CSI-RJ: What causes these symptoms after a hard workout?

  • Posted by a hidden member.
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    Apr 14, 2010 1:05 AM GMT
    While discussing our day with each other, the guy that I have just begun to date told me that he had a "fainting spell" during a workout class. He has suffered from this since he was a teenager. Here's what happens:

    He says that after a strenuous workout of a group of the larger muscles of the body, he feels nauseated and faint. He doesnt feel cold, but his skin is cold to the touch. He kind of feels like he is gonna blackout, but he doesnt. He lies on the floor and rests a while and the spell passes.

    No doctor has ever been able to explain what's going on to him.

    Anybody here have guess?
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    Apr 14, 2010 1:45 AM GMT
    I had the same problem for a while. I even experienced it when I suddenly got up from sitting. It turned out the medication I was taking caused orthostatic hypotension.
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    Apr 14, 2010 1:47 AM GMT
    No guess, but a suggestion. Go to a physician for a physical!

    It's better to be safe, than....well, dead.
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    Apr 14, 2010 1:50 AM GMT
    Sounds like low blood sugar. Flex might be able to shed some insight.
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    Apr 14, 2010 1:54 AM GMT
    I would have guessed a side effect of a Staten (blood pressure med), but you say he has this condition since he was younger, so I have to ask if he has had an Angio-gram to examine his cerotic arteries? There may be some blockage or narrowing.
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    Apr 14, 2010 3:15 AM GMT
    I found this article on exercise and fainting...

    http://heartdisease.about.com/lw/Health-Medicine/Conditions-and-diseases/Fainting-and-Exercise.-1Y0.htm

    maybe he needs a cooling down period. But it didnt sound like that was the problem. I have sent the article to him.
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    Apr 14, 2010 3:23 AM GMT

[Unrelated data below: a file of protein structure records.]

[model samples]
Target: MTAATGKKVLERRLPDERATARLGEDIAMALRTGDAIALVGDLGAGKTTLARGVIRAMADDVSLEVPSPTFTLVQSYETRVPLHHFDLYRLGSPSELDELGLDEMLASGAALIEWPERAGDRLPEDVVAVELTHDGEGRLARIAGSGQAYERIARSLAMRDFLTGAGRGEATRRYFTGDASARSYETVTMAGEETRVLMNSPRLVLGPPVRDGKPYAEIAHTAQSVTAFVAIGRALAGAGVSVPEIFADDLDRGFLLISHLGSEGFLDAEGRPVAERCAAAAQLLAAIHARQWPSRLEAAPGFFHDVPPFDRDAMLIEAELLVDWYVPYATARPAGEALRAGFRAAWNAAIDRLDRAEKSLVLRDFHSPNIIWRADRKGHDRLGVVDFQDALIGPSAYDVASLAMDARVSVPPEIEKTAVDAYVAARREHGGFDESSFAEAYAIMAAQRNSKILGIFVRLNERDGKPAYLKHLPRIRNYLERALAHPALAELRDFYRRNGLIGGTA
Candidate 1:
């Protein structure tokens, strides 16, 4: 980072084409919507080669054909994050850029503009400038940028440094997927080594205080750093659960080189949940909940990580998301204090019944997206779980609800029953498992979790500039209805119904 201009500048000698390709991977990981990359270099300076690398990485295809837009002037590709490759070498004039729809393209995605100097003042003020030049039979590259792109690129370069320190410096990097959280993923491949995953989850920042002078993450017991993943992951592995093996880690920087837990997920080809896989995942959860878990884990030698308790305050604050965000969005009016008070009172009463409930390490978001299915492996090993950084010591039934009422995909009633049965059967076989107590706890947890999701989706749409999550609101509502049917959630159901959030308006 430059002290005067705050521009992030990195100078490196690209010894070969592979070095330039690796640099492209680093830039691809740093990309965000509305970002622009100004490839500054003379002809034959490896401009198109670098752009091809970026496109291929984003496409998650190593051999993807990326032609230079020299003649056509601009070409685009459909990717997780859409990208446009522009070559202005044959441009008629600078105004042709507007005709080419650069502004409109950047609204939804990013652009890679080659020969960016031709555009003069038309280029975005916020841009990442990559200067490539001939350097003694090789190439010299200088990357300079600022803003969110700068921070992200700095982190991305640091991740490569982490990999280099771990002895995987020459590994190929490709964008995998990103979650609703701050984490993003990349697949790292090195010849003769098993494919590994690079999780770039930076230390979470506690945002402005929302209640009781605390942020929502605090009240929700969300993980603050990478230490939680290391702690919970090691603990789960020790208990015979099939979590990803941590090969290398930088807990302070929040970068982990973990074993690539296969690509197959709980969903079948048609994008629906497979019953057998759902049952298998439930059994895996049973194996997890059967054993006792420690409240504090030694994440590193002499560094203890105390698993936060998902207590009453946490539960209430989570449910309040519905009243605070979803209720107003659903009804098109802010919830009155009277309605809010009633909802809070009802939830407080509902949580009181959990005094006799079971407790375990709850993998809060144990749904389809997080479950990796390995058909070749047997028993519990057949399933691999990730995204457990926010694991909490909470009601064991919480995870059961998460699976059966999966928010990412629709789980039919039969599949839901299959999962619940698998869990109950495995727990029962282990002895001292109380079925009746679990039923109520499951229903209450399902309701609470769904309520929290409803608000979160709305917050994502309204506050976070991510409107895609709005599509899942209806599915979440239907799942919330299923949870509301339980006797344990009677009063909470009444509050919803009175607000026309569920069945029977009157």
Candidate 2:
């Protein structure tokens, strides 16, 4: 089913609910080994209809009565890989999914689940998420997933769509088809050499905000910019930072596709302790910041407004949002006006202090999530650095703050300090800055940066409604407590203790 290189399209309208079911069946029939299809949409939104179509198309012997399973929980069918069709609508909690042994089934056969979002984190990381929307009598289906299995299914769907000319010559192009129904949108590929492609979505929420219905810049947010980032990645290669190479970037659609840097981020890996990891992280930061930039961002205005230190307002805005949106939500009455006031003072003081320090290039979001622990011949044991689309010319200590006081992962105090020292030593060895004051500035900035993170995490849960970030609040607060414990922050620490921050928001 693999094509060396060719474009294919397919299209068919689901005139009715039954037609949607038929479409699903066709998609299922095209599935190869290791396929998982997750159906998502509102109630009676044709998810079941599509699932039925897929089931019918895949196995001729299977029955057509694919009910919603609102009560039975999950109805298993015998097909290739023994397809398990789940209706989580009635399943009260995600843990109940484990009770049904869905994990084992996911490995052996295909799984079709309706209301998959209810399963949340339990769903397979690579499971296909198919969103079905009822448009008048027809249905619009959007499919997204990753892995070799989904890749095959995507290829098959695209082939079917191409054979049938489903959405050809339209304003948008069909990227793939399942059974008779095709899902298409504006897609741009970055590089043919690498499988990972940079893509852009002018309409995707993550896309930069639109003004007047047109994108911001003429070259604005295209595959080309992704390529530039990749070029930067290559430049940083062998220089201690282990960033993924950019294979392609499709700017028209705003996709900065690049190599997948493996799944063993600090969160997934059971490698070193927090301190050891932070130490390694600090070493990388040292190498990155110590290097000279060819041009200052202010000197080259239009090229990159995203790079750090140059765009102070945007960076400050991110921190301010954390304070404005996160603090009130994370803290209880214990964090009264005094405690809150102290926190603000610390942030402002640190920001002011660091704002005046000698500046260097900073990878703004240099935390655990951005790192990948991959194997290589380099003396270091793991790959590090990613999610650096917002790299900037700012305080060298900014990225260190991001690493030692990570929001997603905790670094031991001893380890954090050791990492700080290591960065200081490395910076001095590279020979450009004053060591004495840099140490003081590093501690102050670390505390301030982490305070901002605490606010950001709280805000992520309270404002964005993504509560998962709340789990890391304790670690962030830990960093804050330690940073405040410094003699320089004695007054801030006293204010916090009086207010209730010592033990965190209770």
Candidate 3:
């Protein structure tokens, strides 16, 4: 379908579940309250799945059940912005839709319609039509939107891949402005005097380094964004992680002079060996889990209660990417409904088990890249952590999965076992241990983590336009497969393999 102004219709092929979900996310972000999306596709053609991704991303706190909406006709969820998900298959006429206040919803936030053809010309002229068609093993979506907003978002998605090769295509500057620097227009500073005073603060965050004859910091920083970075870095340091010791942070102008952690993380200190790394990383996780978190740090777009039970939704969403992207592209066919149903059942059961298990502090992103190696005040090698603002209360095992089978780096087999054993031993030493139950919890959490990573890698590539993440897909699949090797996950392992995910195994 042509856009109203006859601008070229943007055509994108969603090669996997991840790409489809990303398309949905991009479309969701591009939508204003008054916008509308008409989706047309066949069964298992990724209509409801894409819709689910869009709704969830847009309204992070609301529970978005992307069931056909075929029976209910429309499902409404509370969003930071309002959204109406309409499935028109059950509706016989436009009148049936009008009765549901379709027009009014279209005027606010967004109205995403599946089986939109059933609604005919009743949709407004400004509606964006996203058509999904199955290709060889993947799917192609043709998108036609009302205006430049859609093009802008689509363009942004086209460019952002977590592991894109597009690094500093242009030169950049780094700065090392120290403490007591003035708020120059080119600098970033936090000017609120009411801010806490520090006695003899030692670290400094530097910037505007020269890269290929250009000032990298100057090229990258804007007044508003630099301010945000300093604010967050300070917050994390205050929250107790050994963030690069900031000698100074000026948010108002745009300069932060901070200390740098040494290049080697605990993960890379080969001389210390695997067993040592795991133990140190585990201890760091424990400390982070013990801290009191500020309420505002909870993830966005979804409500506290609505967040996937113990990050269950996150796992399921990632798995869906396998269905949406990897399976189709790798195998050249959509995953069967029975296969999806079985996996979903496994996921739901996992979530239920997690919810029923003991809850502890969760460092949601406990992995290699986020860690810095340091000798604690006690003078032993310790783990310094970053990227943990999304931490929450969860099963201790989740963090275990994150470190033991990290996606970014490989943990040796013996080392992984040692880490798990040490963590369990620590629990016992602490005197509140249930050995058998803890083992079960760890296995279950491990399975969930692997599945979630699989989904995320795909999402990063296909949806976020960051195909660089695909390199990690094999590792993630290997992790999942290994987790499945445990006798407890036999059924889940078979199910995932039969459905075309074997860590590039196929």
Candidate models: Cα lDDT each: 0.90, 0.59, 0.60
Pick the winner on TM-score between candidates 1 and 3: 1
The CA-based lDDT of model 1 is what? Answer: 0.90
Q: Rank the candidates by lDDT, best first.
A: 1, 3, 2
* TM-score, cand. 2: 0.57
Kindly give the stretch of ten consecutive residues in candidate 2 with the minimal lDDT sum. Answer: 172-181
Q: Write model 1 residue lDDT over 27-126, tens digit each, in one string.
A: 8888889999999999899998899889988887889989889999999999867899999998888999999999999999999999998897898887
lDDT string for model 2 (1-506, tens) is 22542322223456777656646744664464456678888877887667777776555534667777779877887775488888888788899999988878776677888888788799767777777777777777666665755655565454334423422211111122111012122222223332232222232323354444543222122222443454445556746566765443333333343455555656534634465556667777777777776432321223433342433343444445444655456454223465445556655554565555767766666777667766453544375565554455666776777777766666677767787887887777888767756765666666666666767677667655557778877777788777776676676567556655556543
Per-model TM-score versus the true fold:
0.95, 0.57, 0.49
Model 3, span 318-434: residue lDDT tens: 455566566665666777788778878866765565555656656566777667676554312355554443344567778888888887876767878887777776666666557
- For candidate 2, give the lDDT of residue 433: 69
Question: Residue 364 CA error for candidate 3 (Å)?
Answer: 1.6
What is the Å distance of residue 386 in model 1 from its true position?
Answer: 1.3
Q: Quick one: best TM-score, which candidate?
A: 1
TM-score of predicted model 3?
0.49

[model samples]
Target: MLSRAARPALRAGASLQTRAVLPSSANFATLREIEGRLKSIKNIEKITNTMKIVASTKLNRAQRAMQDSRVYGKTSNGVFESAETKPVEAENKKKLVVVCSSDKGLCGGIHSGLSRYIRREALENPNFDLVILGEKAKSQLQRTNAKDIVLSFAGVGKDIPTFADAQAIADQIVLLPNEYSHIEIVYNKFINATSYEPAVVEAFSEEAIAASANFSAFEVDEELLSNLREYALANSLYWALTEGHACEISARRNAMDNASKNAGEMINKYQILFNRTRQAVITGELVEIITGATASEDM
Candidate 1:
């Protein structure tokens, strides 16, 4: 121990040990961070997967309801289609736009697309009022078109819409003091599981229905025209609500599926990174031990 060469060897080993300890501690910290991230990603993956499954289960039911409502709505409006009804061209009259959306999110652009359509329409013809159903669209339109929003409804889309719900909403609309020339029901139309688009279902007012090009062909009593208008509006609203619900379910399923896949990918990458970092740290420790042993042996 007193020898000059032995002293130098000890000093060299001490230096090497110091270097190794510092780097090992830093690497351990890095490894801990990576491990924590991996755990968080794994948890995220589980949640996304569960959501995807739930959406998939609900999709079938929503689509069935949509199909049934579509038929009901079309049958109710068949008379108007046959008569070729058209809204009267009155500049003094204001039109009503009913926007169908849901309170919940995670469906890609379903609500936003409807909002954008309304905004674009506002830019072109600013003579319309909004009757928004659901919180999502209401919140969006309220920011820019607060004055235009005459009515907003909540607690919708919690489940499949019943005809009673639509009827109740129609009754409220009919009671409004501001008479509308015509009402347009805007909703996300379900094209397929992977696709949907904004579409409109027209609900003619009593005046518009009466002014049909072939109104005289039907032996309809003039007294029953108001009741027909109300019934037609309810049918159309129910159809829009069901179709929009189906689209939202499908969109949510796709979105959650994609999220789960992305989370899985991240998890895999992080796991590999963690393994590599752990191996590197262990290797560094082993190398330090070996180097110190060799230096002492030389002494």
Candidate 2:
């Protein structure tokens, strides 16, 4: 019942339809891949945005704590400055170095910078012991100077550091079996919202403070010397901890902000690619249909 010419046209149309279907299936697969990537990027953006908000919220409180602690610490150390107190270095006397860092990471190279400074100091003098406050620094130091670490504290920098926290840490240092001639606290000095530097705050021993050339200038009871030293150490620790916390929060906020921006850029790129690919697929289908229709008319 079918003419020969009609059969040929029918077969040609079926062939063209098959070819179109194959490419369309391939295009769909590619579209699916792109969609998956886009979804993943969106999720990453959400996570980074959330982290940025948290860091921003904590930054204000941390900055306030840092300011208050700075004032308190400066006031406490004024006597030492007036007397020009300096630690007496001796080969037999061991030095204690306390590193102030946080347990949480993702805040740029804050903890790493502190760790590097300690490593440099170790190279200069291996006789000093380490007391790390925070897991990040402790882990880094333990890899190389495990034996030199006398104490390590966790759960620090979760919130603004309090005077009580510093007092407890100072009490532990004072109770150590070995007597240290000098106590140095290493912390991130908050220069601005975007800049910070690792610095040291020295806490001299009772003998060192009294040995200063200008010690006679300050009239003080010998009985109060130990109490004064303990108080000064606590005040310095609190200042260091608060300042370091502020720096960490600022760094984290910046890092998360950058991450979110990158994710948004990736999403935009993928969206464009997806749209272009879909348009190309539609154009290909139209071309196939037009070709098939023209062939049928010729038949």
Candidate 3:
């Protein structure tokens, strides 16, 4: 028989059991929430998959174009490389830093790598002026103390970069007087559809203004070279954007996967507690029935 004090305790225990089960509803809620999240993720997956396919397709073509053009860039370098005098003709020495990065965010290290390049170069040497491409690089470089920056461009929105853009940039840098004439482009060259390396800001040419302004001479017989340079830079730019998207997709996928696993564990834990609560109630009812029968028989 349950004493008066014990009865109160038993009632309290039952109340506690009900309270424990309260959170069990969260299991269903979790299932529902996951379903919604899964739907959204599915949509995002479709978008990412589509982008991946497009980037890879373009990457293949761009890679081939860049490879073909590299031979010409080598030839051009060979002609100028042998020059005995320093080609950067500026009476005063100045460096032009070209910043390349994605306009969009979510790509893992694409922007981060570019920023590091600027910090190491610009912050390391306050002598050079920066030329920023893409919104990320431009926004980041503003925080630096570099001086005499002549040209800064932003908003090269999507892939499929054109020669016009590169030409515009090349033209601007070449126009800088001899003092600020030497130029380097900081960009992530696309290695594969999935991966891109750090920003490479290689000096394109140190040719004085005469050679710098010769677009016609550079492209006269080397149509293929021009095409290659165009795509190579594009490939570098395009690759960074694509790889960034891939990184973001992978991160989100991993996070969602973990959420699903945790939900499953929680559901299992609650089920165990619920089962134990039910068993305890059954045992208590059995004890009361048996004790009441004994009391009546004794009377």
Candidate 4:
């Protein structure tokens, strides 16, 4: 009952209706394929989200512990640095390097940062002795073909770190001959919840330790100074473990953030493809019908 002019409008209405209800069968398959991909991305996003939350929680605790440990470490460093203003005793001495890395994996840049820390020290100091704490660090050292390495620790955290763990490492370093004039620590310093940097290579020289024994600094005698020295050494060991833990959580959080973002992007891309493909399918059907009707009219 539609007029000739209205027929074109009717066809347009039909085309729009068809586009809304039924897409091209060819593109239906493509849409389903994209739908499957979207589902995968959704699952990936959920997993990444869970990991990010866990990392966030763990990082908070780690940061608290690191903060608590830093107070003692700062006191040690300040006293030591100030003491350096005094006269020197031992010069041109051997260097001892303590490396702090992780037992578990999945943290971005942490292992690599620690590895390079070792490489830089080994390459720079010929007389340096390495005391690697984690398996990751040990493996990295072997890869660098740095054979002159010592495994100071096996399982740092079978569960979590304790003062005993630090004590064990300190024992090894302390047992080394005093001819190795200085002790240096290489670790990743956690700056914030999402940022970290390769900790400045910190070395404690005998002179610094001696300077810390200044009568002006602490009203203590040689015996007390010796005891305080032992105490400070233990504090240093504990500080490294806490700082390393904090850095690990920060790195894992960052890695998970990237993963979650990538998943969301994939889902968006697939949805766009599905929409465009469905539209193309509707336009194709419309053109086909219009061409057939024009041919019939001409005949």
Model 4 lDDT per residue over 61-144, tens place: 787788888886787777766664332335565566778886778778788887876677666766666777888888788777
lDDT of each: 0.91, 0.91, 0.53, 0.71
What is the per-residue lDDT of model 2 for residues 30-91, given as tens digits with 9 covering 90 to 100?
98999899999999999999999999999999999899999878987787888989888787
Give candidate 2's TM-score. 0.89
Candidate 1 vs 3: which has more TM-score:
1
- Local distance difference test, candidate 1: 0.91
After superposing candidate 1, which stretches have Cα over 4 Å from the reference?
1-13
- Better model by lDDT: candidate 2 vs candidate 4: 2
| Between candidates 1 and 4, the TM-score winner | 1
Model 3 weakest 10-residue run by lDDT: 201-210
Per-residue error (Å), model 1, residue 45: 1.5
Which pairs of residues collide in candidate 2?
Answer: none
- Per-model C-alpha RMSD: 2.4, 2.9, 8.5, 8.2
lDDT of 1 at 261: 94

MaxFitMike saidSounds like low blood sugar.
    ^^^that^^^
    Or at least that's what it seems like from the description.
    Also sounds like he needs to see more docs 'till one can figure it out.
  • gaydocalex

    Posts: 80

    Apr 14, 2010 3:35 AM GMT
    This sounds like a cardiac problem. He could be having irregular rapid rhythm or even something called hypertrophic subaortic stenosis which causes decreased blood flow out of the heart during exercise. He should have a full cardiac evaluation before doing any more exercise since there is the risk of "sudden death" from both of these conditions.
  • tennsjock

    Posts: 349

    Apr 14, 2010 8:48 AM GMT
    I've experienced this -- used to happen every time I worked out in the morning before breakfast. Never happens if I eat something first.
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    Apr 14, 2010 11:00 AM GMT
    If the symptoms are occurring after exercise, the most common cause would be a sudden drop in blood pressure. Normally when one does upright exercising there is a rise in systolic blood pressure (the upper number) and a slight fall in the diastolic blood pressure (lower number). The systolic blood pressure should slowly drop back to normal during an active cool down period. If one sits rather than actively cools down, the blood will be pooled in the periphery unable to reach the brain. The blood pressure will drop precipitously. The lack of blood supply to the brain can result in dizziness, nausea and even passing out. Some people are more sensitive and have a larger drop. While most people don't pass out after an injection, sensitive individuals can.
    The normal drop in blood pressure can be made worse by certain medications (especially blood pressure medications). Inadequate hydration prior to exercise will worsen the problem.

    Inadequate nutrition prior to exercise can result in a low blood sugar which can cause dizziness.

    Hydration, adequate nutrition, and an active cool down period may be helpful in these situations.

    Unfortunately there are less common causes which can be lethal.
    If the systolic blood pressure does not rise with exercise, there will be dizziness and possibly a loss of consciousness. Sudden death can occur. The blood pressure does not rise when blood is prevented from exiting the heart. The most common conditions causing a blockage are aortic stenosis and hypertrophic cardiomyopathy. Hypertrophic cardiomyopathy is the most common cause of sudden death in young athletes.

    With coronary artery disease, the diastolic pressure may actually rise rather than fall. Blood pressure is always checked during a cardiac stress test. Chest pain and shortness of breath are not always present in coronary artery disease. Weakness or dizziness can be the only symptoms.
    There are also abnormalities of the heart rhythm which can occur with exercise. These can have similar symptoms and also cause sudden death.
    There other serious medical problems that can cause similar symptoms.

    Anyone with these symptoms should have a thorough physical by a physician to rule out a serious medical problem. Do not assume the symptoms are benign!
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    Apr 14, 2010 11:13 AM GMT
    Don't walk behind him up a flight of stairs. I had a guy fall on me once when he fell backwards coming out of the metro. He was this tall Belgian guy, like 6'6" or something ridiculous and I'm a proud but shorter 5'7". When I fell backwards, he crushed me right into the two women behind me.

    That unpleasant incident is also the only time my face has ever been mashed up against the side of a not entirely unpleasant female breast.

    Now if you're big enough (and quick enough) to break his fall, lucky him.